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Stakeholders Say The Residents’ Permit Pre-Requisite For ROPAA Registration, Is Unfair   
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Some stakeholders in the Ashanti Region, have expressed reservations about the requirement that allowed Ghanaians abroad to register under the Representation of the People Amendment Act (ROPAA), based on the provision of a valid resident permit.

They argued that this could disenfranchise most legitimate Ghanaians since failure to produce a residence permit of a host country does not make one less a Ghanaian, and recommended that that part be expunged from the requirements.

“The most important thing on the part of the EC was to establish the nationality of applicants and not to delve into the legality of their stay in the foreign countries”.

The stakeholders, however, agreed with the other conditions such as a valid Ghanaian passport and proof of dual citizenship.

These views were expressed at a consultative forum to solicit for inputs from stakeholders in the Region on the implementation of ROPAA.

It was held At Akyawkrom near Ejisu in the Ejisu Municipality.

Arranged by a nine-member ROPAA Consultative and Implementation Committee, the forum was attended by representatives from political parties, civil society organizations, professional bodies, traditional rulers, religious leaders and the media.

The committee chaired by Dr. Eric Bossman Asare, a Deputy Chairperson of the EC has been touring various regions in the country to collate views and recommendations of major stakeholders in the implementation of ROPAA.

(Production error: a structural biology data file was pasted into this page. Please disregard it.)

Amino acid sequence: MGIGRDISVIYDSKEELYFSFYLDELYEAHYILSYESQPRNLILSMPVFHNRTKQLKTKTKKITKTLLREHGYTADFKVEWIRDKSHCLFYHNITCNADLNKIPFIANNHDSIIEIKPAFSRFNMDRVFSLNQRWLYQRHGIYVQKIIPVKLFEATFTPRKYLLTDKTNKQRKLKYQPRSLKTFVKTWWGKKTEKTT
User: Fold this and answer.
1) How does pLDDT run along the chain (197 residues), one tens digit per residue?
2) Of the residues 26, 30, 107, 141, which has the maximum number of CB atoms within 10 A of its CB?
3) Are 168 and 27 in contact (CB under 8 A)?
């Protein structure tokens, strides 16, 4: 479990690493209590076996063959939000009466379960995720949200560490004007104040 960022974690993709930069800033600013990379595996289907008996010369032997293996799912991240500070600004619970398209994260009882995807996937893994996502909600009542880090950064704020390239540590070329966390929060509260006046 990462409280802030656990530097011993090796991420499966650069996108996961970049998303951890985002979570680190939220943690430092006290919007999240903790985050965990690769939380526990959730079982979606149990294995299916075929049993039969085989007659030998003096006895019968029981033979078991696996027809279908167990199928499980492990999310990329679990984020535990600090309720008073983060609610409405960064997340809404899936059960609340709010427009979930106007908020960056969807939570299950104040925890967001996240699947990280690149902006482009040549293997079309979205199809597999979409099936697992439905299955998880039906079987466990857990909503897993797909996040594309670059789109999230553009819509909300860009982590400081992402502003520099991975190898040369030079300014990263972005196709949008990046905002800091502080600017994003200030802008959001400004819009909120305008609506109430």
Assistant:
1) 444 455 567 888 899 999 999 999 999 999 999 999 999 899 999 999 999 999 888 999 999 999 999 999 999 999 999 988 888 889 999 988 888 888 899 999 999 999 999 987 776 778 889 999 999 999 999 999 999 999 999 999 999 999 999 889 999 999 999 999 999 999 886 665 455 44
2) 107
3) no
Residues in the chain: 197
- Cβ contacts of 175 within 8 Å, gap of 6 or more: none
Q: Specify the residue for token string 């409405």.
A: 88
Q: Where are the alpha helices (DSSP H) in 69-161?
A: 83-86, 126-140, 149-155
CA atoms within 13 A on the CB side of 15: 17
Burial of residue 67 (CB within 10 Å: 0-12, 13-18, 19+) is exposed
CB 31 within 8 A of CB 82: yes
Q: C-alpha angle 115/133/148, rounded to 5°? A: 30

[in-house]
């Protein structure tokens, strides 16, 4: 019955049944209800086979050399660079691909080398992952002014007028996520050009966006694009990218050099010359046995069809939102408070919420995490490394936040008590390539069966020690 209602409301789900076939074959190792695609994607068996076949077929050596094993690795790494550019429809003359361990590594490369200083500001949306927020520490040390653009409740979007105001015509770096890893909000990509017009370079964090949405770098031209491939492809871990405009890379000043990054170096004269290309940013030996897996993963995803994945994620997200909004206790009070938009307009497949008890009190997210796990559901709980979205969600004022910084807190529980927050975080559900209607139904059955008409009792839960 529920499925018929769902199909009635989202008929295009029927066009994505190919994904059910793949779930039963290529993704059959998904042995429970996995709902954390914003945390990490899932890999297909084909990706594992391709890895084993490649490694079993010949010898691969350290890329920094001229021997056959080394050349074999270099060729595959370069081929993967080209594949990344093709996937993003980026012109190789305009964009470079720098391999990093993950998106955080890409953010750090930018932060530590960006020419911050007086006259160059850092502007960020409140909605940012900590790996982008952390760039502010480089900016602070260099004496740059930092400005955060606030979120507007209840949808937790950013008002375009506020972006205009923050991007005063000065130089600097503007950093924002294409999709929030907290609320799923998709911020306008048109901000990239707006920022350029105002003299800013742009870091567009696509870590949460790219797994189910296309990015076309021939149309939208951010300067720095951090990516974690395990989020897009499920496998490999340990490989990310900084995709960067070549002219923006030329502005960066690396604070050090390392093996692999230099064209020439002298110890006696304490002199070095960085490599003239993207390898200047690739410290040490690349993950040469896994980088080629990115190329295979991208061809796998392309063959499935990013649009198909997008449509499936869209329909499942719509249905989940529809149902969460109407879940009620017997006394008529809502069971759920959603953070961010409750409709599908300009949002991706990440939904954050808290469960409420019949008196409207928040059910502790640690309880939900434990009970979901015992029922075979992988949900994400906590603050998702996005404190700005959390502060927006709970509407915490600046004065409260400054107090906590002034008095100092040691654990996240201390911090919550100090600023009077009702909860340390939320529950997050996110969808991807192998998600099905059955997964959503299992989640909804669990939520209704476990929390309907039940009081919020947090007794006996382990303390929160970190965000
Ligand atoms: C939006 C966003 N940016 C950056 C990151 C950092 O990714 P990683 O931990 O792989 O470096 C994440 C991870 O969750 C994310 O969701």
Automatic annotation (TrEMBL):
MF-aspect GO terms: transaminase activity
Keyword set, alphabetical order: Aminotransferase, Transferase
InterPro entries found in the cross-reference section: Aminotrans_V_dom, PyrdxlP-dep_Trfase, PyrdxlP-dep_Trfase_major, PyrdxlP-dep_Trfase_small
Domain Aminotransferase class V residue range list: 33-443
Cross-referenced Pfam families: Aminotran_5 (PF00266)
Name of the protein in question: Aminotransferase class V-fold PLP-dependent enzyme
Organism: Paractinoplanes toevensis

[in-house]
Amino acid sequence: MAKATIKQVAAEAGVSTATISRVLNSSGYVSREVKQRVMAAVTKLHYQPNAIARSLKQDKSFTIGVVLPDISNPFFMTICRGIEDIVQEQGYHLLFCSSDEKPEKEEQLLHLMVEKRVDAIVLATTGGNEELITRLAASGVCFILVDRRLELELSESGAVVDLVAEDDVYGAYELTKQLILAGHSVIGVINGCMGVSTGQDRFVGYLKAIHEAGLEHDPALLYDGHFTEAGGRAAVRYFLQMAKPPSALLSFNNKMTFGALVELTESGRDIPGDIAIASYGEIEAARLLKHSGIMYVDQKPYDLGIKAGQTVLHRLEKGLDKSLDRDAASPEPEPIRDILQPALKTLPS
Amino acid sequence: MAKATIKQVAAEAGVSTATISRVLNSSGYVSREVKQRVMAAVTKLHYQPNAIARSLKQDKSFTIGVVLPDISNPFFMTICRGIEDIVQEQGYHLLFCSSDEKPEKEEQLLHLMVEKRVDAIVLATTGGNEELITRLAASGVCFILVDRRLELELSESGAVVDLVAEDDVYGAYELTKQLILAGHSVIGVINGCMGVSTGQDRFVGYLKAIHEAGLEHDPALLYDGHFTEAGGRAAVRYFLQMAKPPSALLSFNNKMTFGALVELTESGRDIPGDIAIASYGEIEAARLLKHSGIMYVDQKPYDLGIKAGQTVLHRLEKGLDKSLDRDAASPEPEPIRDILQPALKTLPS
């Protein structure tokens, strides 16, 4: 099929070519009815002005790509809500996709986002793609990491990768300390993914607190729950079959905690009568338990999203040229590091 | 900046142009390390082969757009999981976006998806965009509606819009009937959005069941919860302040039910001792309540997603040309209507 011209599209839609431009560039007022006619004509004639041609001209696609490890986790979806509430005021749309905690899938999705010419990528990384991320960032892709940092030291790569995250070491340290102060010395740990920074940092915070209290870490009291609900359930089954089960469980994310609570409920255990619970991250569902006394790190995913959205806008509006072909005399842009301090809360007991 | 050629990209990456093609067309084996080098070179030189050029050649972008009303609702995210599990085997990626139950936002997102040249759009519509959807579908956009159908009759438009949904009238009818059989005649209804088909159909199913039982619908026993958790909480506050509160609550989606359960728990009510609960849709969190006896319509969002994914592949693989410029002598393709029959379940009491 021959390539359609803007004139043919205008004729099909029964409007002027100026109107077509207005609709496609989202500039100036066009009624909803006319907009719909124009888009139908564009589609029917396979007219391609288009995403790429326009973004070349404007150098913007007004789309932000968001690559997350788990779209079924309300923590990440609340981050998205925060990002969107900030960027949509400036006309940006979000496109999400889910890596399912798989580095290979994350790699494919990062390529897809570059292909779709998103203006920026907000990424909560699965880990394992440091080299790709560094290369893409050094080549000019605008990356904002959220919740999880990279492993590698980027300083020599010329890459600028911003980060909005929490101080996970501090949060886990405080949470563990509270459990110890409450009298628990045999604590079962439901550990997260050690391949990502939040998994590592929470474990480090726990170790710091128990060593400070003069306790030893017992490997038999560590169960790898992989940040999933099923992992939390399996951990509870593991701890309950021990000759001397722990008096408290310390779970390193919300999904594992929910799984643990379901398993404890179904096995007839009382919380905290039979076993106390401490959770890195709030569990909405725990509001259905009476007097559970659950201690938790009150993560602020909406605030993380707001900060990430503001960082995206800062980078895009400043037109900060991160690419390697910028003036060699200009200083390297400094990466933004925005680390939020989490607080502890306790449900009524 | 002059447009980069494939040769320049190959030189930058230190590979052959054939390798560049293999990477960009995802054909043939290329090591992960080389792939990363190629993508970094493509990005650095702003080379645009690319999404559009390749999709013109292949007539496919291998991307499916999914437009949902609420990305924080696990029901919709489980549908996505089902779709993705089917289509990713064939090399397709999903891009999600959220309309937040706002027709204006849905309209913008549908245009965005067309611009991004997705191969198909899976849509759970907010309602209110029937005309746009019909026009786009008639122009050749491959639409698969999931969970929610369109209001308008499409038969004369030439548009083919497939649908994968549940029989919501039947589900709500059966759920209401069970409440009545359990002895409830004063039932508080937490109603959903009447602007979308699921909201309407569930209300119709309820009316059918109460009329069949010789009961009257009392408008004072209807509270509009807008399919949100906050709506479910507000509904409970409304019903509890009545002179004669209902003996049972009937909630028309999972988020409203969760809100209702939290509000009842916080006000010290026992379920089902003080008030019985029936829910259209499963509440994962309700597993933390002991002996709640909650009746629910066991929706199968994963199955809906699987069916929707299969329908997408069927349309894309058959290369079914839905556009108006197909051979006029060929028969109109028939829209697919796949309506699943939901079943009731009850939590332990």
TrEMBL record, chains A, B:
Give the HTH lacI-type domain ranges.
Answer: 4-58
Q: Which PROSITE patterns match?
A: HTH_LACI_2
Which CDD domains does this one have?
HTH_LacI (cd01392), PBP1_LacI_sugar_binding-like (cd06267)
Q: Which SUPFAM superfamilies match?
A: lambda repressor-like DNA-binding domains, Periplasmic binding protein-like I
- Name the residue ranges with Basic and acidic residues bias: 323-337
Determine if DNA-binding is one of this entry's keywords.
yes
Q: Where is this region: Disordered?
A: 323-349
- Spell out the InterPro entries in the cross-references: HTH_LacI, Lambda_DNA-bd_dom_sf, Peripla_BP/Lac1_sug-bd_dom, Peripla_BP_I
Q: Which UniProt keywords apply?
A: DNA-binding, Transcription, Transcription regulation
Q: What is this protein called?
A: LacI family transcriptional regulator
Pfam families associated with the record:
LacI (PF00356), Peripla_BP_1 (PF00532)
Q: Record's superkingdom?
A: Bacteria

The provision of a valid resident permit as one of the requirements for registration took center stage of the discussions led by Dr. Benjamin Kumbour, a member of the committee.

Participants took turns to argue for the removal of that condition for registration since not all Ghanaians abroad had residents permit.

The committee presented a report by a previous committee formed in 2011 and invited the participants to make inputs and recommendations.

It is expected to put together a document as a roadmap for the implementation of the law after the stakeholder engagements.

A Constitutional Instrument (CI) would also be laid before parliament for consideration to pave way for the operationalization of the law.

Dr. Asare said the stakeholder engagement had become necessary despite the 2011 committee report due to a number of reforms that the EC had introduced since then.

He said the exercise would assist the EC to implement the law in a way that would reflect the collective interest of the citizenry.

It would be recalled that one Kofi Boateng and four others took the EC to court in 2017 over its failure to implement the ROPAA which had been passed by parliament since 2006.

The court presided over by Justice Anthony Yeboah upheld the application of the petitioners and ordered the EC to take steps to implement the law within 12 months.
Source: GNA

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